Computer Maintenance

Six tech resolutions for 2015

We’re one week into 2015, and even if you’re sworn off resolutions (or have already broken a few you’ve made), there are six resolutions that you really ought to make and keep.  We’re not talking about diet, exercise, or finances (though those are good too), but resolutions to keep you on top of our ever-growing digital world.

1.  Clean your gadgets. Ever looked behind your computer at the growing dust bunny colony? Yup, me too. Time to get rid of the dust and grime which can cause your computer to overheat and can slow down performance. Don’t forget to shake out your keyboard and wipe off your mouse too!  And wipe off your smartphone – scientific studies show that the average smartphone contains more than twice as many germs as a public toilet seat.

2. Back up all your devices. This includes your computer, your phone, etc. Simple rule – if you have it, back it up! There are many options for computer backup including internal, external, network drives, online services, thumb drives, and more. Check out this comprehensive list from Consumer Reports:  http://www.consumerreports.org/cro/computer-backup-systems/buying-guide.htm .   Pick one, back up your data, and protect yourself from possible loss due to a computer crash.

Your smartphone should have a cloud-based backup system (such as Google Drive for Android or iCloud).  Make sure you’ve turned the app on and that it’s working.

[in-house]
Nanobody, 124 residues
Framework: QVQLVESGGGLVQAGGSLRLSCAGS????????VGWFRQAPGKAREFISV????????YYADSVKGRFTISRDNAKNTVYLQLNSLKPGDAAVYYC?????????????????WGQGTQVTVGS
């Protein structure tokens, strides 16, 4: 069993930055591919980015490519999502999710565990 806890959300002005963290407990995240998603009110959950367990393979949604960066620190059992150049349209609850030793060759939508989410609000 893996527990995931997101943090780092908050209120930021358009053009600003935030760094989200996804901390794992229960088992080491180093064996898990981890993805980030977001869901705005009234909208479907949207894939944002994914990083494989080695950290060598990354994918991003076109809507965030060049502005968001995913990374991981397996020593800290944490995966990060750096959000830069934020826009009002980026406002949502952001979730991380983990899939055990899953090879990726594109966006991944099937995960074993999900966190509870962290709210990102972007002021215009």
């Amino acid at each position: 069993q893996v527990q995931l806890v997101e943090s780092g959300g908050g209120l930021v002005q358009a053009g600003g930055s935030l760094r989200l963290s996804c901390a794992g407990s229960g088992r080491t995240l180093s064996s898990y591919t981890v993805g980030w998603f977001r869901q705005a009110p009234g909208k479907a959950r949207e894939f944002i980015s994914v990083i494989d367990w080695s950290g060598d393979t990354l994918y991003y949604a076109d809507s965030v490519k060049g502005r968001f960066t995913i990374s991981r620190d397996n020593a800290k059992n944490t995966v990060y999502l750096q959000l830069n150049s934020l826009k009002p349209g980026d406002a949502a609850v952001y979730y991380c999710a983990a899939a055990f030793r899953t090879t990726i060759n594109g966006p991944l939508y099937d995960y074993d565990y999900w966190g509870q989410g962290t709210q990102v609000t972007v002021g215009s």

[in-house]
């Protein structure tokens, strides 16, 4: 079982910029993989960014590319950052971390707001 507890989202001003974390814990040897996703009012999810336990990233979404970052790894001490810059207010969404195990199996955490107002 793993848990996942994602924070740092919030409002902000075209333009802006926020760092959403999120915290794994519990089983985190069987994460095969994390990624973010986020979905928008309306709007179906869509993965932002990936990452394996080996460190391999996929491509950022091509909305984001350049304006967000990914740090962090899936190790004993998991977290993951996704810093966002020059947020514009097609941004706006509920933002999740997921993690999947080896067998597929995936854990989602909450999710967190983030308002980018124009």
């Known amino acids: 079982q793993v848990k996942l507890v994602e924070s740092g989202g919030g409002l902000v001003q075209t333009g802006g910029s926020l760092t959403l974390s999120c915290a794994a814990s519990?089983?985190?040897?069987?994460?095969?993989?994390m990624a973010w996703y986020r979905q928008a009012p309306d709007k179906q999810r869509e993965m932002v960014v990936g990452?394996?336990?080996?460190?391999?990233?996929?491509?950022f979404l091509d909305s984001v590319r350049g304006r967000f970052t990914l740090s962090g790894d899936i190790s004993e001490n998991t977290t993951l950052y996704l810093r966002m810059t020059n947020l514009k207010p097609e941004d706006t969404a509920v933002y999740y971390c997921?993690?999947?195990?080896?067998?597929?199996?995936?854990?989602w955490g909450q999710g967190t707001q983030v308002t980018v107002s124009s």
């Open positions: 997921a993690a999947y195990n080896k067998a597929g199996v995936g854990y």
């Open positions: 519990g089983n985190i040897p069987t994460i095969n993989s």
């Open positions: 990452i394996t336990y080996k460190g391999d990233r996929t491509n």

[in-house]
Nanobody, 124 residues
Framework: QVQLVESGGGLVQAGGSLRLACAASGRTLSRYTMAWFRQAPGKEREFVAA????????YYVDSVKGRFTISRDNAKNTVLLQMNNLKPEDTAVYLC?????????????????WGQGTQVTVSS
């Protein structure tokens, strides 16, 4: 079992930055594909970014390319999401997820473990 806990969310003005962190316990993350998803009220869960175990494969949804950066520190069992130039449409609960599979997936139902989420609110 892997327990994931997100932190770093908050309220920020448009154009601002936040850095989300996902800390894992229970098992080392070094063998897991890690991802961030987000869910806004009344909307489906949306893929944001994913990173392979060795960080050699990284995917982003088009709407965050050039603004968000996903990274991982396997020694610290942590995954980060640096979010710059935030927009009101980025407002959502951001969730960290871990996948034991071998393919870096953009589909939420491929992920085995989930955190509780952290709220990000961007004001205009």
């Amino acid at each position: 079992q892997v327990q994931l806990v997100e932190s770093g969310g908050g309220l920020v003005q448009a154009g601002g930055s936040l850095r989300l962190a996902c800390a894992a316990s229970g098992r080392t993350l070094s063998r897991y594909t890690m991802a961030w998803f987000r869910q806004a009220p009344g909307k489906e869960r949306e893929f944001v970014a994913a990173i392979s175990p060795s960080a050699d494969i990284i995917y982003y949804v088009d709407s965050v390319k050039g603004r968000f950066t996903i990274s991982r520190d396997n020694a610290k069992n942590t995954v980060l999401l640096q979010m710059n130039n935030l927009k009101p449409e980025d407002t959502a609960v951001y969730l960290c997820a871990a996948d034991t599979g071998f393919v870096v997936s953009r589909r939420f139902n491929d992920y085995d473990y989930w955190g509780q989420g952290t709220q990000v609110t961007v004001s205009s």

3. Change your passwords. We’ve written about this before (http://www.webdesignsbylao.com/wordpress/internet-safety/) but it bears repeating.  With so much of our personal and work life going digital, password security is more important than ever. The key to online safety is making sure that all of your online accounts are protected by a unique, strong password. Having an account compromised is bad enough but if the stolen password is used on all your other accounts, the problems multiply.  Unbelievably, the most commonly hacked password is still “password.”  Change them … now.  And consider using a password manager.

4. Delete your old accounts, apps and programs. Which accounts (social media and other online accounts) are you still using? When was the last time you used Blogster or MySpace? If you’re not using them, delete them! If you are like the majority of us, your smartphone and tablet are full of apps and games that you no longer use or need. Take a few minutes and erase the one’s you don’t need and free up space for the latest apps.